I’ve been looking at alternatives to Flash for loading and playing sound files for a while now. Any iPhone user out there can tell you that they still do not support Flash even though there a lot of reports out there that Apple and Adobe are working towards an agreement. I’m somewhat impatient and want my audio clips to be as available to everyone as I can make them. Even iPhone users.

Unfortunately in my search I found no other real cross-browser solution except for Flash. I did find jPlayer though.

When developing this blog template I chose jQuery from all the other javascript frameworks out there because of its ease of use and flexibility. jPlayer is a plugin written for the jQuery javascript framework. It does use a hidden Flash file to play the music, but is controlled through javascript. Since I was already fairly familiar with jQuery, I went with this option. Also, the real beauty of jPlayer is the ability to easily style the player using HTML and CSS. Although WordPress offers some audio support, I wanted something that followed the look and feel of my site.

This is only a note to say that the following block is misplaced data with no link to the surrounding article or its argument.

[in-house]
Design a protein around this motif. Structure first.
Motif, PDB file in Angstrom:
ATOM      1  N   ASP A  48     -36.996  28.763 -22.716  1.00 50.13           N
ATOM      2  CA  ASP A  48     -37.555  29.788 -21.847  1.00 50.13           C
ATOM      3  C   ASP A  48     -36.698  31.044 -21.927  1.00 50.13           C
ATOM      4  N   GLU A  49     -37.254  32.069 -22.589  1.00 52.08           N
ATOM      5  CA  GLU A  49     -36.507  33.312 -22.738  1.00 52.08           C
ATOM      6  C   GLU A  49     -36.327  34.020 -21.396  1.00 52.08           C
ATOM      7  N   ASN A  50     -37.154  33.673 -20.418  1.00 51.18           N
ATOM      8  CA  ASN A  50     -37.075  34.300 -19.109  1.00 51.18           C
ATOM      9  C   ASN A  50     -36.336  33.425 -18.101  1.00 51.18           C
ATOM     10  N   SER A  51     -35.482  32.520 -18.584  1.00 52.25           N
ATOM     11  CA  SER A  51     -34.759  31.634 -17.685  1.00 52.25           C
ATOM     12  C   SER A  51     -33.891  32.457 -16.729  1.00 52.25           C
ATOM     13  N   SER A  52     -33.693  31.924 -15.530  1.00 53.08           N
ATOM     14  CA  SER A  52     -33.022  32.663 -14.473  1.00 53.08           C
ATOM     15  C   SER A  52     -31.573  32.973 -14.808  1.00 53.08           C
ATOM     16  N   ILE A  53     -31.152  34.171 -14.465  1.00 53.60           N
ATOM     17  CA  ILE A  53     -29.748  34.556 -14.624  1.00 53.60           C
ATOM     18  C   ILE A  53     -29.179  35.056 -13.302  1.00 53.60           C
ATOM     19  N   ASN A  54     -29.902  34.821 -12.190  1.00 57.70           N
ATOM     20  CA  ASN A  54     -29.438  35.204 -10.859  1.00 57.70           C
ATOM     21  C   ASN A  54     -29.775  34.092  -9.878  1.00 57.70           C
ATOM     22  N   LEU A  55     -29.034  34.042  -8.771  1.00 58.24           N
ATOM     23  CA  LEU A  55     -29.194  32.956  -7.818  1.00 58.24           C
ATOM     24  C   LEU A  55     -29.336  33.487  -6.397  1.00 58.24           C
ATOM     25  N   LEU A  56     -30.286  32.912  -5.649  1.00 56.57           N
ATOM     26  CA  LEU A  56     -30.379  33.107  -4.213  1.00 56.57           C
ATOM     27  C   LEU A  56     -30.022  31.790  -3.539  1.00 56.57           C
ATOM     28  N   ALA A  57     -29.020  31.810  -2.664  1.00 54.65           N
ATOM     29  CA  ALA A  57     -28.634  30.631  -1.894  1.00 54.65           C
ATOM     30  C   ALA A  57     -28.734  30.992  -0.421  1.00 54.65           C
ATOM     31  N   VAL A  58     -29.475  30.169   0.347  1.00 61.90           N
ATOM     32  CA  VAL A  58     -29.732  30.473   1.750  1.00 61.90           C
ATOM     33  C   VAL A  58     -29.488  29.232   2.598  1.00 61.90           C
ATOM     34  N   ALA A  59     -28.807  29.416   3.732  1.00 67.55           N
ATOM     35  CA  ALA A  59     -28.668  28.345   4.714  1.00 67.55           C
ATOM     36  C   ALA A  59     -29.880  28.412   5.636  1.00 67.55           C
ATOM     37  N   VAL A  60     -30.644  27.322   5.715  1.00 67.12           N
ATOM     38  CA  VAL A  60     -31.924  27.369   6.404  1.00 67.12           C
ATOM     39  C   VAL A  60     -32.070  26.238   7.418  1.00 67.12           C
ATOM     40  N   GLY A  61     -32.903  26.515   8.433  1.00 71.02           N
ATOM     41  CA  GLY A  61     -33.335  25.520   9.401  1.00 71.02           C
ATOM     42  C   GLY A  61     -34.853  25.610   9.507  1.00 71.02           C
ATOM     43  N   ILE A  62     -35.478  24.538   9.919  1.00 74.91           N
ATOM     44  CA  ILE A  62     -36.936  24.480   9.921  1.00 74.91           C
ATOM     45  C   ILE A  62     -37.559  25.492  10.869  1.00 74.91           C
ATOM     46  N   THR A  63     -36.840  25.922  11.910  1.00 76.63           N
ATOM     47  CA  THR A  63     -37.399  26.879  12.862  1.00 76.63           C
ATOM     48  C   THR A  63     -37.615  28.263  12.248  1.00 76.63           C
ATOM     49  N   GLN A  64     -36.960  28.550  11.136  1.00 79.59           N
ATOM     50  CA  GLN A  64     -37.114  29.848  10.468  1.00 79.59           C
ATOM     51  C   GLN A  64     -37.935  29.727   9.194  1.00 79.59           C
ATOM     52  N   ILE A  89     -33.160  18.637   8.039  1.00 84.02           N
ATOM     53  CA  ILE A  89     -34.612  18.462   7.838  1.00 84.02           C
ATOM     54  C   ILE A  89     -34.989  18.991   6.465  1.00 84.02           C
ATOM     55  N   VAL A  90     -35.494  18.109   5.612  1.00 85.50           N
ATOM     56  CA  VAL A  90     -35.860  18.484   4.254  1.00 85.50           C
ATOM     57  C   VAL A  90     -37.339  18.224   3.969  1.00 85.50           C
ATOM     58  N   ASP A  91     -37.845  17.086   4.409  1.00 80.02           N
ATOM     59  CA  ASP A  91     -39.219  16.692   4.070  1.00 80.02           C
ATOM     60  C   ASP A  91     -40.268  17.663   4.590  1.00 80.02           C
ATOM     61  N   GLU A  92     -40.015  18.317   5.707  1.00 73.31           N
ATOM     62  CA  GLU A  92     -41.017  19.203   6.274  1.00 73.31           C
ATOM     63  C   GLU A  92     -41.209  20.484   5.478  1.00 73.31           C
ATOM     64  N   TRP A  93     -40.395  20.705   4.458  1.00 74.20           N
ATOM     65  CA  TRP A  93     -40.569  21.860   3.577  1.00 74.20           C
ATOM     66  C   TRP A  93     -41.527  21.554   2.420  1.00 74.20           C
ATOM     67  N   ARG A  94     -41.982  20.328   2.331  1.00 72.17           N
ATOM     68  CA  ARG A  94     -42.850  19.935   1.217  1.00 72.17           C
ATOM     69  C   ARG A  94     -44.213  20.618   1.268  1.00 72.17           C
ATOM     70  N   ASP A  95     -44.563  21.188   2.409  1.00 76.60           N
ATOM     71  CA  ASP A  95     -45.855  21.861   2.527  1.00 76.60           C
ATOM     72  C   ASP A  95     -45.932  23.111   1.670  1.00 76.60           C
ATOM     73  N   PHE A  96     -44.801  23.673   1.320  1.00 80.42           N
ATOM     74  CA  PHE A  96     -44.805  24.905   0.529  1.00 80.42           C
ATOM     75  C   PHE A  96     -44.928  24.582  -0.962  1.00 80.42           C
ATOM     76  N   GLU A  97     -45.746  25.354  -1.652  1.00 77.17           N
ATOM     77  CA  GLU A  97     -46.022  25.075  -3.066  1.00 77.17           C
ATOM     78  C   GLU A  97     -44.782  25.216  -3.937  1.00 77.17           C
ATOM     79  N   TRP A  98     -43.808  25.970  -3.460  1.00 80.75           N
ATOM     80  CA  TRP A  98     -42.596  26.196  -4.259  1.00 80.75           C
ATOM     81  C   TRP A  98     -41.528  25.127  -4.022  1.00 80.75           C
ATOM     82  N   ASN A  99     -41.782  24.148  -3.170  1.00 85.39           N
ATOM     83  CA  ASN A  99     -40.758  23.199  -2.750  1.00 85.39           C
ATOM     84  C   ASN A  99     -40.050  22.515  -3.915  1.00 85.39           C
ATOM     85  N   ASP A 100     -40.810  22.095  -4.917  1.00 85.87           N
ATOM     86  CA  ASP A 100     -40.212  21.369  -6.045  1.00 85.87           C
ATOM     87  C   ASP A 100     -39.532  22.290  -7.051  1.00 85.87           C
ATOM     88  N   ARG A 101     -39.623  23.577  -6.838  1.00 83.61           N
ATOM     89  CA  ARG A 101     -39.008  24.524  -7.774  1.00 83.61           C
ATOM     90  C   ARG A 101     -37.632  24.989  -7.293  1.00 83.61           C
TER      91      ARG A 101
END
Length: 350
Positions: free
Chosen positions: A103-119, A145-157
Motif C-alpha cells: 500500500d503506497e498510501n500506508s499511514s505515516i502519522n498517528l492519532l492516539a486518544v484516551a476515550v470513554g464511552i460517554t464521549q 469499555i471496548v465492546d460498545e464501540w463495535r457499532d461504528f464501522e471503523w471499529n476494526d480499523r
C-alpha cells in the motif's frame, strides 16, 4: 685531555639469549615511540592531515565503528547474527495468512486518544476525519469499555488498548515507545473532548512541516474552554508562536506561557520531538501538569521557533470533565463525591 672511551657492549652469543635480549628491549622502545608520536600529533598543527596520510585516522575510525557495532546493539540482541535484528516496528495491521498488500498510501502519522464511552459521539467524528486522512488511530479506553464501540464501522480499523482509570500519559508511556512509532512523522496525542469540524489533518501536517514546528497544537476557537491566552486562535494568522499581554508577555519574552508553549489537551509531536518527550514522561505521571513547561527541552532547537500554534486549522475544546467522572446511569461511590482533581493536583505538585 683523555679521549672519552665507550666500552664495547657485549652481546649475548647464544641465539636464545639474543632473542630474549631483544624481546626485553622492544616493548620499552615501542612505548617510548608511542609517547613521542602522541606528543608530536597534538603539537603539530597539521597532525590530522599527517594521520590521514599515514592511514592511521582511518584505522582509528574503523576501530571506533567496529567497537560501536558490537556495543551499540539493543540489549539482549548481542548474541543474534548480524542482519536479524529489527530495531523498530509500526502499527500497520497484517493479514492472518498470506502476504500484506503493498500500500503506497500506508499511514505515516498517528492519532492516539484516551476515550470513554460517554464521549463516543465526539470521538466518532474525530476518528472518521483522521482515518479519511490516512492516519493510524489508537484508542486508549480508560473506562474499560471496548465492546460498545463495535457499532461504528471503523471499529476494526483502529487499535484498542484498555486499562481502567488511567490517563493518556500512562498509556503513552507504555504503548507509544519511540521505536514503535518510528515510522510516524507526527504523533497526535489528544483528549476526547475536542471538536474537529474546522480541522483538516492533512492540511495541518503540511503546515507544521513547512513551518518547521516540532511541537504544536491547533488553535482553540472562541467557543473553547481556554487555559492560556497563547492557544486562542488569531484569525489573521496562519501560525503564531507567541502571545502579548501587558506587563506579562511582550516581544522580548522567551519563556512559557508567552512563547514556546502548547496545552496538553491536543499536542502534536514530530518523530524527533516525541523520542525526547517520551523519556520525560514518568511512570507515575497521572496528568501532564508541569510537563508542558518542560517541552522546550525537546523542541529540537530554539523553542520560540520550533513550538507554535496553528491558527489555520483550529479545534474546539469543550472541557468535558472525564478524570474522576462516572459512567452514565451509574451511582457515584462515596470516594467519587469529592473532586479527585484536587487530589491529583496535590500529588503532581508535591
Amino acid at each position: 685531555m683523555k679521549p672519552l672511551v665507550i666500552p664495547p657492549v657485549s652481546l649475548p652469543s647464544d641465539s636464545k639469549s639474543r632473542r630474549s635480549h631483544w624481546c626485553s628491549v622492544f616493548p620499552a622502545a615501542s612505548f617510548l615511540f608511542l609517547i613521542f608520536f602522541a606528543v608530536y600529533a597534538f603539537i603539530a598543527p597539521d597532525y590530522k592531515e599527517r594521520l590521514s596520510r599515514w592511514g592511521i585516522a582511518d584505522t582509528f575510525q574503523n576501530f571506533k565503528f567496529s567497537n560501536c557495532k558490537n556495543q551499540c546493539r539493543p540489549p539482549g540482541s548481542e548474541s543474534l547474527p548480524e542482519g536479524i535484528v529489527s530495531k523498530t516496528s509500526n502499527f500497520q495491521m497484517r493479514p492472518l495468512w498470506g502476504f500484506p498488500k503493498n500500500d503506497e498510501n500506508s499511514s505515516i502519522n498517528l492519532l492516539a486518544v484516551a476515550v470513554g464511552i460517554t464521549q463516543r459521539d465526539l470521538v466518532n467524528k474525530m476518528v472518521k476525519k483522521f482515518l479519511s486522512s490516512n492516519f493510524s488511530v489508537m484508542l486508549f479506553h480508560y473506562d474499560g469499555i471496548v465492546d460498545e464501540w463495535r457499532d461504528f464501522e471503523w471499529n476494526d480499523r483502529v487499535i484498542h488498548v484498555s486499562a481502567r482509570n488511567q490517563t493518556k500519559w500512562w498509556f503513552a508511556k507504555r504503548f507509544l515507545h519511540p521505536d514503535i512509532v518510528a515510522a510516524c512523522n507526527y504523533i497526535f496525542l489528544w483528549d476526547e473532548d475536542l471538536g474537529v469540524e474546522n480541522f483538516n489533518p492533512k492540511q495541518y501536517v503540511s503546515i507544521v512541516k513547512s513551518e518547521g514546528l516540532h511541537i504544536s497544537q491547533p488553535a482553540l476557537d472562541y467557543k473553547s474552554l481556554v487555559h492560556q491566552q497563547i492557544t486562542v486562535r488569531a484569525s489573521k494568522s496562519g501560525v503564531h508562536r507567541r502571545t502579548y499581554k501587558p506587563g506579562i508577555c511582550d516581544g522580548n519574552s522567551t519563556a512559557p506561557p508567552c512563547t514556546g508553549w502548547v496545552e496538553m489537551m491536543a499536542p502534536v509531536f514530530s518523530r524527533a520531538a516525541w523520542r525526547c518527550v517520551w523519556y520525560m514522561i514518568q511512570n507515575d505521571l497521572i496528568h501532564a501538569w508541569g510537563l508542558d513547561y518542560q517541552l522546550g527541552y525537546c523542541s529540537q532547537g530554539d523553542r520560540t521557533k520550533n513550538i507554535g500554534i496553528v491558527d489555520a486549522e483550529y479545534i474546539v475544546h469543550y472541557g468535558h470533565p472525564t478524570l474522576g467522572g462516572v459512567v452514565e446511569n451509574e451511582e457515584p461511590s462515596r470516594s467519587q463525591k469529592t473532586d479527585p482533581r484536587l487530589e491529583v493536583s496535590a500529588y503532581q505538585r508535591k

After incorporating jPlayer and testing it out on the iPhone, I was stunned. My mp3 files were opening and playing when I hit the play button. It appears jPlayer also detects Flash support, just like the SWFObject library. I’ve searched the site and tried to figure out the reason for this, but haven’t discovered it yet. I thought maybe it used the SWFObject library. If anyone knows, I’m curious.

So, I found a way to play my sound files over the iPhone and all is good in the kingdom. If you’re looking at ways to get your flash video or mp3 files to display on iPhone, I suggest checking out SWFObject. If you’re looking for a good customizable audio player that works with jQuery definitely visit Happyworm’s jPlayer site.